Tag Archives: Franken

Weingut am Stein – 13/02/2012

Wurzburger Stein Silvaner 2010
A slight spritz to it, a very bright fresh nose and palate, but was pretty simple.

Wurzburger Grosses Gewachs Silvaner 2010
A lot more mineral influence, good mid-palate breadth, some viscosity from residual sugar, but was quite warm at 13% alcohol.

Wurzburger Innere Leiste Grosses Gewachs Riesling 2009
An interesting sesame seed character but it tended to overwhelm the fruit.

Wurzburger Innere Leiste Spatburgunder 2008
Some pronounced dark fruit notes with some savoury spice, and a hint of chocolate. In general the wines were a little alcoholic and textural, lacking in finesse and freshness.

Weingut am Stein wines

Weingut am Stein wines

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Rudolf Furst – 13/02/2012

Spatburgunder Tradition 2010
Nice spicy raspberry and red cherry notes on the nose, with very light delicate silky tannins and sweet fruit vibrancy.

Centgrafenberg Spatburgunder Grosses Gewachs 2008
Very concentrated red currant nose, great balance and elegance, and an earthy texture with some cumin and cinnamon complexity.

Schlossberg Spatburgunder Grosses Gewachs 2009
Much more opulent rich wine, with darker berry notes, toasted nut complexity and a savoury finish.

Hunsruck Spatburgunder Grosses Gewachs 2009
More blackforest and chocolate elements, and had a grainy tannin texture.

Hunsruck Spatburgunder Grosses Gewachs 2003
Evolved in the bottle to show smokier toasty red currant fruit, with a dark nougat macadamia complexity on the palate.

Centgrafenberg Frueburgunder 2009
Different, presenting as quite stalky and brambly on the nose, but a little salty and warm on the palate.

Riesling 2010
Quite spritzy and vibrant showing slight herbaceous notes.

Riesling 2009
Much softer and more voluptuous, with the herbaceous characters evolving into ripe cucumber and capsicum.

Riesling 2005
Showing bottle development of lovely rich kerosene, crushed hazelnut and walnut, volume and viscosity, lovely texture and length.

Burgstadter Centgrafenberg Eiswein 2001
Amazingly rich and dense in colour and viscosity. There was a very creamy vanilla texture and flavour, combining with citrus to have a lemon custard character.

Rudolf Fuerst wines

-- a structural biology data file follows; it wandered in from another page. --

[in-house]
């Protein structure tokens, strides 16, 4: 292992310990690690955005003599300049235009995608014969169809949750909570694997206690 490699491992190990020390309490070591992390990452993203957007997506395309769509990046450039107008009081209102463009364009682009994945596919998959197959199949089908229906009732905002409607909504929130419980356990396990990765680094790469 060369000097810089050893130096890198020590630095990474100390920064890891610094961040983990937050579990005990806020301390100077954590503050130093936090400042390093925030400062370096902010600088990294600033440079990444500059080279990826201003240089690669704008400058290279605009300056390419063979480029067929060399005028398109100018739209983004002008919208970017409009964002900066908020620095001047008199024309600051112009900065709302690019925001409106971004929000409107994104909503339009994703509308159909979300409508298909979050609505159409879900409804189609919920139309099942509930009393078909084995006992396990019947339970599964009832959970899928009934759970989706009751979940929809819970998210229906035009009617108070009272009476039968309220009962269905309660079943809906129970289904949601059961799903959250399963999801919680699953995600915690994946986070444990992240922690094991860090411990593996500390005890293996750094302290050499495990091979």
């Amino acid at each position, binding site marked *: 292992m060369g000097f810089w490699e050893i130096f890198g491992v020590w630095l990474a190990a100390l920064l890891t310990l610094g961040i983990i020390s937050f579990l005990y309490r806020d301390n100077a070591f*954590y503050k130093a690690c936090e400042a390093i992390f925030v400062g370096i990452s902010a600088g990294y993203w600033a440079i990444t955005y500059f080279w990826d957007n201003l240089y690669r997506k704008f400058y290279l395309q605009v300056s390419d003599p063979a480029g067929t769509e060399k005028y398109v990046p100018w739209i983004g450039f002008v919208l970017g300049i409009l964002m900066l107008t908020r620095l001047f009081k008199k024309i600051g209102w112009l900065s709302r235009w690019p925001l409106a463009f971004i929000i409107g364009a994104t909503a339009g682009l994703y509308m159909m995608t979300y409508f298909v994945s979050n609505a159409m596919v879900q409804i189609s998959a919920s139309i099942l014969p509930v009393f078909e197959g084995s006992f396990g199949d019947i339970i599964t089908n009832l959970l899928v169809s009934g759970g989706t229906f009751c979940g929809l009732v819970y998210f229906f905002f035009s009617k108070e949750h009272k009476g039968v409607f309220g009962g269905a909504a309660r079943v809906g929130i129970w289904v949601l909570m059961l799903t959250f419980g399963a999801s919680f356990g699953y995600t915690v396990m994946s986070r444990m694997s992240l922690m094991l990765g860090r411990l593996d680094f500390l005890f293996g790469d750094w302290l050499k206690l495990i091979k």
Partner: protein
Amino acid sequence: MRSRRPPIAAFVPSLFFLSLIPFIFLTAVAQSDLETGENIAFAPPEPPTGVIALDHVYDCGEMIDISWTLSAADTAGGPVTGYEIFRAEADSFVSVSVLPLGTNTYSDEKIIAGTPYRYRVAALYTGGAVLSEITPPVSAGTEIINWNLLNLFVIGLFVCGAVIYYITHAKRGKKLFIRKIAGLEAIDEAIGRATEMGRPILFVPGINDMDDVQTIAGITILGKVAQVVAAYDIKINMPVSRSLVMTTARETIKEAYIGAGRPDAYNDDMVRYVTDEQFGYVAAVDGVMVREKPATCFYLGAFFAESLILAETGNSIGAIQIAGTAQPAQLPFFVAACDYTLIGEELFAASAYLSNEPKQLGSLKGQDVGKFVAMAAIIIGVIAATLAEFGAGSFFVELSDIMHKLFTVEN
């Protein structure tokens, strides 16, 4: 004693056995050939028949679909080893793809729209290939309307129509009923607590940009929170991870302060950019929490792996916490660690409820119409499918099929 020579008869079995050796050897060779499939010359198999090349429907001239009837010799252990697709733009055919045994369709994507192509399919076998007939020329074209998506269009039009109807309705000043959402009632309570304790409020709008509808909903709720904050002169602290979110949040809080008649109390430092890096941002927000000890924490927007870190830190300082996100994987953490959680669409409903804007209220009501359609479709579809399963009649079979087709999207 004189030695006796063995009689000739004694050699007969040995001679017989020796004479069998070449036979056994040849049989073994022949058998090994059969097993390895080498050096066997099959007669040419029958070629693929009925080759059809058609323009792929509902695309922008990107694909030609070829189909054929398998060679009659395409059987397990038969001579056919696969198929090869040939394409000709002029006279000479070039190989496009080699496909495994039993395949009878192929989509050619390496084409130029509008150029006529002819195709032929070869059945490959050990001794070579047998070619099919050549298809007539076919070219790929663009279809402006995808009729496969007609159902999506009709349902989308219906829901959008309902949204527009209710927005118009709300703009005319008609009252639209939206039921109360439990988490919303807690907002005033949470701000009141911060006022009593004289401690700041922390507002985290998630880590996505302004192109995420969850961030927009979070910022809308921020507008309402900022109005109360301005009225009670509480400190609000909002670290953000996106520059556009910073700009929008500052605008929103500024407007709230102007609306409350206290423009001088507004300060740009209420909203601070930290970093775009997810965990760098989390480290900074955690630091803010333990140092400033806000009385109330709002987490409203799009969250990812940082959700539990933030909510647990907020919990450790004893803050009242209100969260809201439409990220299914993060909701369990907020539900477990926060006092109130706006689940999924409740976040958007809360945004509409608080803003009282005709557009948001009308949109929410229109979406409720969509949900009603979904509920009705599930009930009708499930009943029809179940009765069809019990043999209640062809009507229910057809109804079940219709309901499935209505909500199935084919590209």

Rudolf Fuerst wines

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Weingut Horst Sauer – 13/02/2012

Muller Thurgau Kabinett Trocken 2010
Very clean fresh and palatable, but lacked in any real character, a consistent them with the variety.

The silvaner wines tended to have the same melon and pear characters, but had a little bit more depth and finesse to them, possibly thanks to the minerality of the soil.

I then compared the 2010 and 2011 vintages of the riesling wines. The pear and honeydew melon notes were very prominent in the 2011 wines, showing consistency of terroir influence, and had good soft freshness and rich viscosity. The 2010 wines by comparison showed more intense minerality, concentrated grapefruit and pineapple, and showed more savoury olive oil texture.

The Grosses Gewachs 2010 Silvaner and Riesling were both exceptional, but I wasn’t such a fan of the sweet wines, which included the Scheurebe Spatlese 2011 and Silvaner Beerenauslese 2010, as they were a little clumsy and lacked finesse and acid balance.

Different barrels at Horst Sauer

Different barrels at Horst Sauer

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Castell – 14/02/2012

The muller thurgau wines are fresh and light but have no personality. The silvaner wines are certainly a big step up, but aren’t as good as the Wirsching wines. There is occasionally an interesting flinty chalk minerality in these wines, which adds an extra layer of complexity.

Trautberg Silvaner Traminer 2010
Some lovely musky floral aromas, nice viscosity and texture, and a nice balanced level of ripeness.

The top silvaner wines have a slight green herbaceous edge, combining nicely with green tropical notes. I didn’t think much of the weissburgunder wines, as the variety doesn’t really offer much.